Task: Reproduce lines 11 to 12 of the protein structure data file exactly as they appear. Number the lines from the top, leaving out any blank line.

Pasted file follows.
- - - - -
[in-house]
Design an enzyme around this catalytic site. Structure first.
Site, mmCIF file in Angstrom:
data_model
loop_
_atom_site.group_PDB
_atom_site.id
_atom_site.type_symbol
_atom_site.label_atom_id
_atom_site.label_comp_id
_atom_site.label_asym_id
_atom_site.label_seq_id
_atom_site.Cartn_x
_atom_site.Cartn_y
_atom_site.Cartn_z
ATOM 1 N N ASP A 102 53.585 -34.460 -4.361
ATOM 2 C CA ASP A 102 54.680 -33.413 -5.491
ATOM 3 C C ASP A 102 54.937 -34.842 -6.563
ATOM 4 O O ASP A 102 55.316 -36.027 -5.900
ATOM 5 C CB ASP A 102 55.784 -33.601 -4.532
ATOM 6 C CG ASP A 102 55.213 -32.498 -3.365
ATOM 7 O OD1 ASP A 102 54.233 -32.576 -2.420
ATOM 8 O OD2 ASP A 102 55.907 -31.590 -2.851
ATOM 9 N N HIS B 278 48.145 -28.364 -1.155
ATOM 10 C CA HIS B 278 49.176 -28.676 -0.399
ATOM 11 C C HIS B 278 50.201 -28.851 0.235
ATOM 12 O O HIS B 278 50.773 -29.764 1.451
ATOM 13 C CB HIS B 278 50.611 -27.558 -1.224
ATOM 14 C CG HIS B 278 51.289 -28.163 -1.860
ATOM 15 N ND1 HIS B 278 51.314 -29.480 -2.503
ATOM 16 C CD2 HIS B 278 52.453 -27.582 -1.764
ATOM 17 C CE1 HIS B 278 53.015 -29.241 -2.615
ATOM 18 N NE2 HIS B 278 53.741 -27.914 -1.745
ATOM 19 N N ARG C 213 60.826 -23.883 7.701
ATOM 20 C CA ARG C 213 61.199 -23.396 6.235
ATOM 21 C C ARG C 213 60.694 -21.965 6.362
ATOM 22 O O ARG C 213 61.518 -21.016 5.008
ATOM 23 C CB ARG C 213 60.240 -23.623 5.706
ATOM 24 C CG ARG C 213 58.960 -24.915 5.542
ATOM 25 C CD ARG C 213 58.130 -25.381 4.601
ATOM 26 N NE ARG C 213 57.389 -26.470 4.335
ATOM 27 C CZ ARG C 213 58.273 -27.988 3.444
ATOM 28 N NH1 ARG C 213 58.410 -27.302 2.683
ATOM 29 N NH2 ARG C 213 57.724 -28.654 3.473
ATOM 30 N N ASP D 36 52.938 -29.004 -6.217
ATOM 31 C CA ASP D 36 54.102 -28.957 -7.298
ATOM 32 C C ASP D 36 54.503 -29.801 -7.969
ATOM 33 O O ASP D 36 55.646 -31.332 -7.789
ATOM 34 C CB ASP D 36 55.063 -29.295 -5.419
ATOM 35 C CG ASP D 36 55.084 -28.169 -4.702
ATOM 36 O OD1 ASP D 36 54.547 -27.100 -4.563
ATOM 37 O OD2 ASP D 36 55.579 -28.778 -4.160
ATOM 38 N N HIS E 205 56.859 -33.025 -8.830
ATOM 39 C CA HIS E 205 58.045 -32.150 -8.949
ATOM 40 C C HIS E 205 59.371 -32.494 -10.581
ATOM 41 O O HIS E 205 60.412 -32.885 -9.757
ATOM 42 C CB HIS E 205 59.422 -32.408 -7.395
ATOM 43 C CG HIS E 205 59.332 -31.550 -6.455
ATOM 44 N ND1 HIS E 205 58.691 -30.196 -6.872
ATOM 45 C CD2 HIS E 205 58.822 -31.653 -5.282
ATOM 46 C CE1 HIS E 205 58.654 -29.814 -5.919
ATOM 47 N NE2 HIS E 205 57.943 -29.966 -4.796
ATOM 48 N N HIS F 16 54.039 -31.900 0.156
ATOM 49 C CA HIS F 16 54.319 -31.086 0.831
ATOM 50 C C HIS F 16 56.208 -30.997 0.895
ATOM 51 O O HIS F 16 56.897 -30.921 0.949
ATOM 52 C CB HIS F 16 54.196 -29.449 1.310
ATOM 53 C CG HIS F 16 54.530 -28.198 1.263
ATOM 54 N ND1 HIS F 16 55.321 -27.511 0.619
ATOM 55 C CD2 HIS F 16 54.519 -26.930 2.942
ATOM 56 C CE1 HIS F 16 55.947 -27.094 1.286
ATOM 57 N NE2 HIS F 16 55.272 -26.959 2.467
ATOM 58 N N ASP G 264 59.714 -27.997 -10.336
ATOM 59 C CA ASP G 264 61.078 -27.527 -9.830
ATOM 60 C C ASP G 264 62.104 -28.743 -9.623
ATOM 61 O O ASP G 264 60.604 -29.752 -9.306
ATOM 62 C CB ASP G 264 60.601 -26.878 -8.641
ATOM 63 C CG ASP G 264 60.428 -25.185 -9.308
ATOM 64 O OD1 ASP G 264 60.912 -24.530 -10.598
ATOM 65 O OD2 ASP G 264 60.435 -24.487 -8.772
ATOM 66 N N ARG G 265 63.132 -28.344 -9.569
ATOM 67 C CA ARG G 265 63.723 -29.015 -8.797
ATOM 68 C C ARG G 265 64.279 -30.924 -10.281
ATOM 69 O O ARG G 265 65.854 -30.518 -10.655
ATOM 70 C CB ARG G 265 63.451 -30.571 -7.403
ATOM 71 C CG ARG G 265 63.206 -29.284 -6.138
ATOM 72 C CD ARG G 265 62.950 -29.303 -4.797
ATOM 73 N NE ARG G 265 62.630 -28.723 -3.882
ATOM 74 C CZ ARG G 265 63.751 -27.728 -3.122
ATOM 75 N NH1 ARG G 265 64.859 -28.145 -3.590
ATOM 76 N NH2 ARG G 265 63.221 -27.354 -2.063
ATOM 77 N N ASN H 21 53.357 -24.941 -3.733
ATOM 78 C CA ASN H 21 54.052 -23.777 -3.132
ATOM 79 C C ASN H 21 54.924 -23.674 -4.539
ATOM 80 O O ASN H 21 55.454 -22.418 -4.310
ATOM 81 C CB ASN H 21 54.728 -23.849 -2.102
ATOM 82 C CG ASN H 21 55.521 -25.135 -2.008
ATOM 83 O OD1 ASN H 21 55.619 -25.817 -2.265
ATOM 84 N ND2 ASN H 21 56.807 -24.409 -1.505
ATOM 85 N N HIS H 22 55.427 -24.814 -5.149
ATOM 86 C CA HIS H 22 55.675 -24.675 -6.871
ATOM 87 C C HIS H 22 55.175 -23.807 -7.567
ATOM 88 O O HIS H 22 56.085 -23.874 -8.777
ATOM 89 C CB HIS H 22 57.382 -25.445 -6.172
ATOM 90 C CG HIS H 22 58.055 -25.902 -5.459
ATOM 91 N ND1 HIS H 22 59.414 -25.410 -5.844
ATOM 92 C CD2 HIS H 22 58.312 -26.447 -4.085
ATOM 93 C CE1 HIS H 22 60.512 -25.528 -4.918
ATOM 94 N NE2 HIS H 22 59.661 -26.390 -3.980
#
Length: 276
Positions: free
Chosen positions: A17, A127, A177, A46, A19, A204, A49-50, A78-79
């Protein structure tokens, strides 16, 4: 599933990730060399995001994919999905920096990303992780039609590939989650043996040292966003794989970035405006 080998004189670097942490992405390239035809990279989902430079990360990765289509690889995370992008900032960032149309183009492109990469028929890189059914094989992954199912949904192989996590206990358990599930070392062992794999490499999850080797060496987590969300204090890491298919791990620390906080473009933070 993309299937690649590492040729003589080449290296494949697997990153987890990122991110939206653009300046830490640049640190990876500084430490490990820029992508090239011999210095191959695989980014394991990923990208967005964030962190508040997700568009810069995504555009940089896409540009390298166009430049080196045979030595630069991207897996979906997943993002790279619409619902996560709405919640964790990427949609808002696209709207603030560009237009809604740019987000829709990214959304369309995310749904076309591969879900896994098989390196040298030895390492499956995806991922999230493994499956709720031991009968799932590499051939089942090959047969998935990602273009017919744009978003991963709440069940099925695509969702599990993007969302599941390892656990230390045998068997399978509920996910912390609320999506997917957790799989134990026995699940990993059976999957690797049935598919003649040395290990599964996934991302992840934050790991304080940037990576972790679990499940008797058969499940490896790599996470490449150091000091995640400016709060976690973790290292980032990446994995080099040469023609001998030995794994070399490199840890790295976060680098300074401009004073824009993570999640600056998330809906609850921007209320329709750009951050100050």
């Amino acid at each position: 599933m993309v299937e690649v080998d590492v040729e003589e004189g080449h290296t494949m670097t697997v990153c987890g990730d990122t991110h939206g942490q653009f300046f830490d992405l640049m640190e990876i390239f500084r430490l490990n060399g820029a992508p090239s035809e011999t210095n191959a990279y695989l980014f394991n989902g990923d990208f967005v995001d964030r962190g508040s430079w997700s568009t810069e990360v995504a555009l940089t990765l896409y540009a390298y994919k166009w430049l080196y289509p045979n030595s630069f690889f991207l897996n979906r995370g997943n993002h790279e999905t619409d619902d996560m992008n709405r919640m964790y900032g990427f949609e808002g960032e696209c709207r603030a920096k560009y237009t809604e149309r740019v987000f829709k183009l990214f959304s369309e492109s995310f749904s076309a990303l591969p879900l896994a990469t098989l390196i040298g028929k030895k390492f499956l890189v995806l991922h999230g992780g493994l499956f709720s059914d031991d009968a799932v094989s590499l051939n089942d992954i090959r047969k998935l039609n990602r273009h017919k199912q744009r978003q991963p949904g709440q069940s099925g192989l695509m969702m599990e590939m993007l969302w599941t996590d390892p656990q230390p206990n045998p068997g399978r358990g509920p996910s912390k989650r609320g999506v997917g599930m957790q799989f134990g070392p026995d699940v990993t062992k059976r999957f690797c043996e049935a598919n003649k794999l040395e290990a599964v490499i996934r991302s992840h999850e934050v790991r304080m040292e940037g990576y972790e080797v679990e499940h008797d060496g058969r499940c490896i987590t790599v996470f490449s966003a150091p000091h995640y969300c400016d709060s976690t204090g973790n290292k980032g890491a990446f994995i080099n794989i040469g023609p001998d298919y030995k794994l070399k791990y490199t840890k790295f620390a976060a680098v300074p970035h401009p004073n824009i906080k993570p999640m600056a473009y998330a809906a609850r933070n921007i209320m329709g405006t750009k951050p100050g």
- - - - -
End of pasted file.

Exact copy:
_atom_site.label_asym_id
_atom_site.label_seq_id